But the most egregious sin committed here is the screen. Cramped at 3.2 inches, this 480x320-pixel-resolution LCD has a viewing angle so bad, it practically winks at you. Of course, to even see the screen at all you'll need to crank the GoGear Connect 3 to its maximum brightness, which is paltry compared with what you'll find on the Galaxy Player 4.
On the upside, the GoGear Connect 3 plays nice with a surprising range of audio and video formats. There's support for MP3, AAC, WMA, and Ogg Vorbis, for music, and for video there's support for MP4, AVI, H.264, FLV, and Xvid. Philips also includes an above-average pair of sound-isolating earphones and some baked-in sound enhancement tools to squeeze the most from your music.
Another clue that Philips really sweated the sound experience of the GoGear Connect 3 is that the excellent Songbird app is used as the default music player. Little extras such as the options to post song recommendations to Facebook, scrobble to Last.fm, or pull down Flickr slideshows of artist photos make the Songbird app a blast to use.
Other bundled apps include Mog, Rhapsody, 7digital, Audible, and a radio app for tuning in the integrated FM receiver. Of course, as a Google-sanctioned Android device, it also treats users to Google Mobile apps, such as Gmail, Maps, YouTube, Google Talk, and the Android Market.
I enjoyed the audio quality of the GoGear Connect 3. Unfortunately, that's about the only favorable thing I can say of its performance.
In spite of its liberal video format compatibility, the video experience is completely marred by ugly viewing angles.
Battery life is also poor. Because the screen is fairly dim by default, users will surely crank the GoGear Connect 3 to full brightness for most tasks. During informal testing, with the device at full brightness the battery seemed to drain like a leaky bucket. We'll update this review with results from CNET Labs once testing is complete.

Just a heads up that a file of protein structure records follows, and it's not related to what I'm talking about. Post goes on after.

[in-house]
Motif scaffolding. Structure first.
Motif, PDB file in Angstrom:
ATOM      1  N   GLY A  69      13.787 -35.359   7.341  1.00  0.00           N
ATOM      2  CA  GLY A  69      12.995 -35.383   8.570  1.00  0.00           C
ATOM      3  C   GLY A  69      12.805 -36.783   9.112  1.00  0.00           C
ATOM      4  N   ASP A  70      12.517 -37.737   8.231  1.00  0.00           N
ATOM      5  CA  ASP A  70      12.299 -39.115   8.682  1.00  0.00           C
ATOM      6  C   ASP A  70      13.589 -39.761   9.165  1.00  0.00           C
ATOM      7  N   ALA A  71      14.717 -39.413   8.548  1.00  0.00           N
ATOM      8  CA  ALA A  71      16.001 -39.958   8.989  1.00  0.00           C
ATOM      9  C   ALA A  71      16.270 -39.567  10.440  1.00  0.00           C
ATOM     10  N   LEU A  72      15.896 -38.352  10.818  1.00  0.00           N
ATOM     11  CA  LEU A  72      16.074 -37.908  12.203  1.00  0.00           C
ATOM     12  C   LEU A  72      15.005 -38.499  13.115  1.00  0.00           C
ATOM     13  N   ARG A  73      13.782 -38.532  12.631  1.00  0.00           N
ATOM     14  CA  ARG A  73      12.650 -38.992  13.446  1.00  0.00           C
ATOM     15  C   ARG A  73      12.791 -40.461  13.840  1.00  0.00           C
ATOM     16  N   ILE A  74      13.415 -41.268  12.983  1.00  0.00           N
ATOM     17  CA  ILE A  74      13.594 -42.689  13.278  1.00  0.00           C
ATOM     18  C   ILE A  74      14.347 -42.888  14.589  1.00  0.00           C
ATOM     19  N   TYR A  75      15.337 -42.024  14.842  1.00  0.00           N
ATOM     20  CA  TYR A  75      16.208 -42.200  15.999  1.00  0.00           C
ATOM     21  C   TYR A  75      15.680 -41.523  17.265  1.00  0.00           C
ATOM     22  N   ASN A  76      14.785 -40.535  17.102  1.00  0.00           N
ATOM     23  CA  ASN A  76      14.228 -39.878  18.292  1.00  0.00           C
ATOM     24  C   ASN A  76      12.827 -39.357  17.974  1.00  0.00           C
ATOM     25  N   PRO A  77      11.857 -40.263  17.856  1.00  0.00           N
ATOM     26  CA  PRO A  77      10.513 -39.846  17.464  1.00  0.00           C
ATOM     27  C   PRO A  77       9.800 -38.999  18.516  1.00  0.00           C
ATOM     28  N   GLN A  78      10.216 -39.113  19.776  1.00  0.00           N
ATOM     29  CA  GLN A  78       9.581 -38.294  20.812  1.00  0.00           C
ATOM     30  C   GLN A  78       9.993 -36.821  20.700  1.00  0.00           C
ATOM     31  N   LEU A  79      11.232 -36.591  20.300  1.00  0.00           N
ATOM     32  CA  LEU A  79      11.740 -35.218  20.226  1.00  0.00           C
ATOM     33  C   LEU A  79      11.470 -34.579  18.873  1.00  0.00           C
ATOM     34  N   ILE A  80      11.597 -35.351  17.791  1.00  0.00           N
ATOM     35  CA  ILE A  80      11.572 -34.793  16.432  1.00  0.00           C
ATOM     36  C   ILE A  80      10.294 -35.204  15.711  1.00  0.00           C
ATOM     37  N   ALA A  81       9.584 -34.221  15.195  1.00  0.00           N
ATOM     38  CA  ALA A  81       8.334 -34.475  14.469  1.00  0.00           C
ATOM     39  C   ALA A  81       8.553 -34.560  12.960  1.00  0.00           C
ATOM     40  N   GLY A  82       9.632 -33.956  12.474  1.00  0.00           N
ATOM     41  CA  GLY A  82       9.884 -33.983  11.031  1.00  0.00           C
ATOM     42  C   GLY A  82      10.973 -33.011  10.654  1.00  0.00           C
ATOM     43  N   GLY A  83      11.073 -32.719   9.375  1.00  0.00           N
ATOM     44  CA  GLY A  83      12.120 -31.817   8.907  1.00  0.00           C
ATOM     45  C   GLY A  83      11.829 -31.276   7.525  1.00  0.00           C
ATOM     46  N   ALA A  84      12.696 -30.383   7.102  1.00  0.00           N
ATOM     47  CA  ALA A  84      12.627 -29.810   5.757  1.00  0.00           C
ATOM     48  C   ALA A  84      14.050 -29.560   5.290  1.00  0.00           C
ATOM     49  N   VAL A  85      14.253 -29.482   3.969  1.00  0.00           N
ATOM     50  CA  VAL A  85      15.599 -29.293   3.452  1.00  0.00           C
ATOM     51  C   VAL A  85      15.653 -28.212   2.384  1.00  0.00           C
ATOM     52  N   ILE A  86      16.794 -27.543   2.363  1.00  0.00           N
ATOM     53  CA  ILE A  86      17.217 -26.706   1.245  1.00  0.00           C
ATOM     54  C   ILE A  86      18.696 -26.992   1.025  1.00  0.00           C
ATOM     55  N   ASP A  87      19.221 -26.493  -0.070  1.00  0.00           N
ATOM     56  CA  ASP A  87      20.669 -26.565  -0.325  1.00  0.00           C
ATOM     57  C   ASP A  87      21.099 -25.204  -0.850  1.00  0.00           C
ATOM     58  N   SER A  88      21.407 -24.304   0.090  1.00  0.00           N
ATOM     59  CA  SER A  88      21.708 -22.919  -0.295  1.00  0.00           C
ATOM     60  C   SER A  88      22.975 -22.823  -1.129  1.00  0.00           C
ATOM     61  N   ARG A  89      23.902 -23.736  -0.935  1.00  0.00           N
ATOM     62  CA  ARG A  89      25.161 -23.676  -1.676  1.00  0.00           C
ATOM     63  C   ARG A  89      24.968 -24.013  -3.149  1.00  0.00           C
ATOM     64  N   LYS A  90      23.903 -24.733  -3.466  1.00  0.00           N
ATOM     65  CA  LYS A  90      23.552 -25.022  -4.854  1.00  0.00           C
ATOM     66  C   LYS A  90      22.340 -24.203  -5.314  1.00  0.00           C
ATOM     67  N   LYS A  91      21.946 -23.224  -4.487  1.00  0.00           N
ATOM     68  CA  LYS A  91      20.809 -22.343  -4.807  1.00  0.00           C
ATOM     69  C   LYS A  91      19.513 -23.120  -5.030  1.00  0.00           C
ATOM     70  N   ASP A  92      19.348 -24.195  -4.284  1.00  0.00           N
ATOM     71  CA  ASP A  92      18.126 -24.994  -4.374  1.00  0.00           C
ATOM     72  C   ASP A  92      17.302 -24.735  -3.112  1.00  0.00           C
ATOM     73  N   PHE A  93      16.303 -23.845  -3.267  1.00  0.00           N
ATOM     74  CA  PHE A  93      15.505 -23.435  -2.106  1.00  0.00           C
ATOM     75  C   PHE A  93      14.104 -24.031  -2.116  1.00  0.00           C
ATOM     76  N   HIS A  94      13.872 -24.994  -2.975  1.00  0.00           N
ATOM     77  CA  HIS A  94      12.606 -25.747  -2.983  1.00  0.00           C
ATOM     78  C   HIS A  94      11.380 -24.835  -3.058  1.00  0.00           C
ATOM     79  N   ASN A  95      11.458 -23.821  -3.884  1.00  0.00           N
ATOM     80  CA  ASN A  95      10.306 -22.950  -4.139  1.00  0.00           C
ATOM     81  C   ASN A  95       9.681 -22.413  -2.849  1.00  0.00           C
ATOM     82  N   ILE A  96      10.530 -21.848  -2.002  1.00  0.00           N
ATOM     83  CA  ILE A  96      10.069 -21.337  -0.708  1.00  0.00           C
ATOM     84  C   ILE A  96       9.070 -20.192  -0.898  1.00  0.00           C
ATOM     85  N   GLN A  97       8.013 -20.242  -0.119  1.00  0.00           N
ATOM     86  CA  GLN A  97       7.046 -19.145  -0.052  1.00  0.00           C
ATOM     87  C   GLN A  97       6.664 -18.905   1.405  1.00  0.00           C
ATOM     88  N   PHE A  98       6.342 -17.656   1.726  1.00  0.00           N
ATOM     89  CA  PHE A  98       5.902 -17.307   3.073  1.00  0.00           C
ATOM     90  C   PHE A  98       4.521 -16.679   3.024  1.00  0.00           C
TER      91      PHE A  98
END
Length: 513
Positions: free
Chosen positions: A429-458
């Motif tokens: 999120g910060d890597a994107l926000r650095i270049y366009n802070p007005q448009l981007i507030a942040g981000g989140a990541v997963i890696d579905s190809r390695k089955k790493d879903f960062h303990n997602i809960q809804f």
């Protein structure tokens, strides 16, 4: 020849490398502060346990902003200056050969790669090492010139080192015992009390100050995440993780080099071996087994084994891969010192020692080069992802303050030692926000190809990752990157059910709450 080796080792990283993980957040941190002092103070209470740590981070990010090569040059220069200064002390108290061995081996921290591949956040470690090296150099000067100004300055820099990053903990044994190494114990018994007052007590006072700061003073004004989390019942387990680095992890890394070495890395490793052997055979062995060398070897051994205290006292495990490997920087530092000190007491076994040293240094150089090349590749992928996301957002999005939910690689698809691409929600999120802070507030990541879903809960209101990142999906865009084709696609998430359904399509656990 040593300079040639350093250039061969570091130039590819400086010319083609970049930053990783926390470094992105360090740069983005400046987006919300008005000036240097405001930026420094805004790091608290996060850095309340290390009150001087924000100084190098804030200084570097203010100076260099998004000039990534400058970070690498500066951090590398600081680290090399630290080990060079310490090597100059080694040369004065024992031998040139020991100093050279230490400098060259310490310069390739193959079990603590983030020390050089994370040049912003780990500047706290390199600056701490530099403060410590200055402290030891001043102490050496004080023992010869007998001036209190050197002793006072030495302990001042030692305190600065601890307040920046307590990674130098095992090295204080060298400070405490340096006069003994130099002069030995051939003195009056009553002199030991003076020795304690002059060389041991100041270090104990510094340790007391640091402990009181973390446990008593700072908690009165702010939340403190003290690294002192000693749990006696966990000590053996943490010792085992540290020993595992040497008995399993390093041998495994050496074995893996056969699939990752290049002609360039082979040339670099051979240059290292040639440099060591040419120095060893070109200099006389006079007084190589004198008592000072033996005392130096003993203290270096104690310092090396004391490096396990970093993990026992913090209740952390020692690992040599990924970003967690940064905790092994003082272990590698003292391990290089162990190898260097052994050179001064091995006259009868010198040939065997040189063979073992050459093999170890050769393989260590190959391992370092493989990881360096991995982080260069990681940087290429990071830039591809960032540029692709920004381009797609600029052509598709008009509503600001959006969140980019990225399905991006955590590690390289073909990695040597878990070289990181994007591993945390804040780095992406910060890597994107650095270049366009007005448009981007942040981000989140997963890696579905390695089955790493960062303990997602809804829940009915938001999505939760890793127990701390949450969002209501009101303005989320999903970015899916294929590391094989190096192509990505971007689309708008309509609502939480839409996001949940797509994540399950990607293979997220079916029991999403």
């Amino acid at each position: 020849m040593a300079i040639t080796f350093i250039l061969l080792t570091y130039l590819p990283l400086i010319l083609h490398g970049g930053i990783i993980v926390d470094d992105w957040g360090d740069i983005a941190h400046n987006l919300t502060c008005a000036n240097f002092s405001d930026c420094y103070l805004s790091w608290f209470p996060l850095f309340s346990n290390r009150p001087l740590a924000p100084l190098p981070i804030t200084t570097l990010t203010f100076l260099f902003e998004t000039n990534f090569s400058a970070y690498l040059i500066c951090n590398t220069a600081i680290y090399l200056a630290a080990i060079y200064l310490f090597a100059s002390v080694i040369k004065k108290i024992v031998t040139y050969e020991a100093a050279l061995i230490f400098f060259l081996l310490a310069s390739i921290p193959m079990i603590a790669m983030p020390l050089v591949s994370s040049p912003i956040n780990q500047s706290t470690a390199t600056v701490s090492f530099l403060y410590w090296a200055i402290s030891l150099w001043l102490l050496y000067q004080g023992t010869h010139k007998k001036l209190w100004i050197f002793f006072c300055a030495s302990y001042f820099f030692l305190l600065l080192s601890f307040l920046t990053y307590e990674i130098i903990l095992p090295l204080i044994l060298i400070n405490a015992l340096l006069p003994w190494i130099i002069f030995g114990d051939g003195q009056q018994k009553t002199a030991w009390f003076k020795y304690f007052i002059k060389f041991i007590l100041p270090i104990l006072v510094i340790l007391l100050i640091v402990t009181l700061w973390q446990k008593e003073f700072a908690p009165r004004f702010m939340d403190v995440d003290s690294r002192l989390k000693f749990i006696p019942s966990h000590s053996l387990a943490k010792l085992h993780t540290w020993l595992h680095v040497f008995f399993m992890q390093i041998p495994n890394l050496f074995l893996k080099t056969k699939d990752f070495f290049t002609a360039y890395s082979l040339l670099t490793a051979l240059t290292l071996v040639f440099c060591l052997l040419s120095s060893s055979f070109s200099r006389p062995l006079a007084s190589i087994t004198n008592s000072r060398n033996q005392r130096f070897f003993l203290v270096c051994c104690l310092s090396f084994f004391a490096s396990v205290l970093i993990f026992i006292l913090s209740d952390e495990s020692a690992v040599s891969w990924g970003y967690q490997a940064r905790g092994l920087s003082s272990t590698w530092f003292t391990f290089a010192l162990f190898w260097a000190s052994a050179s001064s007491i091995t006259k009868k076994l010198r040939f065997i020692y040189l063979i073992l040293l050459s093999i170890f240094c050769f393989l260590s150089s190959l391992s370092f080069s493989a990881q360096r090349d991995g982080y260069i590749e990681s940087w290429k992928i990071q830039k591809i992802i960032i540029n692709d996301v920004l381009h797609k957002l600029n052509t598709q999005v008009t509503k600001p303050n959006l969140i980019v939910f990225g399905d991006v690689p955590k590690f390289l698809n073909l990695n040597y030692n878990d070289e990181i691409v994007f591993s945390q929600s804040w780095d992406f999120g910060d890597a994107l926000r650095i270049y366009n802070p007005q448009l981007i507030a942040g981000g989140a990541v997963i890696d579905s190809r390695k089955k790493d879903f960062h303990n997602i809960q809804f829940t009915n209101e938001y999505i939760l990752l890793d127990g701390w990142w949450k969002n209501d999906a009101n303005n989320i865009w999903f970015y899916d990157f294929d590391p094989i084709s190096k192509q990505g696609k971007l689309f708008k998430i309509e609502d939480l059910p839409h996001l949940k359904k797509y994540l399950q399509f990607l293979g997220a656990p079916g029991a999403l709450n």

For gamers, the single-core 800MHz processor used in the GoGear Connect 3 is able to keep up with basic fare, such as Angry Birds and Cut the Rope. Boot up a session of Riptide GP, though, and the performance buckles to the point of being unplayable. Also, be aware that the screen's multitouch is limited to two fingers--not that a 3.2-inch screen allows for much gestural complexity.
As I said up front, if you can find a way to pick this up for $99, there's a lot of fun to be squeezed from it. The sound quality is surprisingly good, and you can load it up with enough basic games and puzzles to keep a child entertained for hours.
At $179, though, the GoGear Connect 3 delivers more grief than gratification. If you need a $199 pocket media player, the iPod Touch reigns supreme. For the best value, grab a .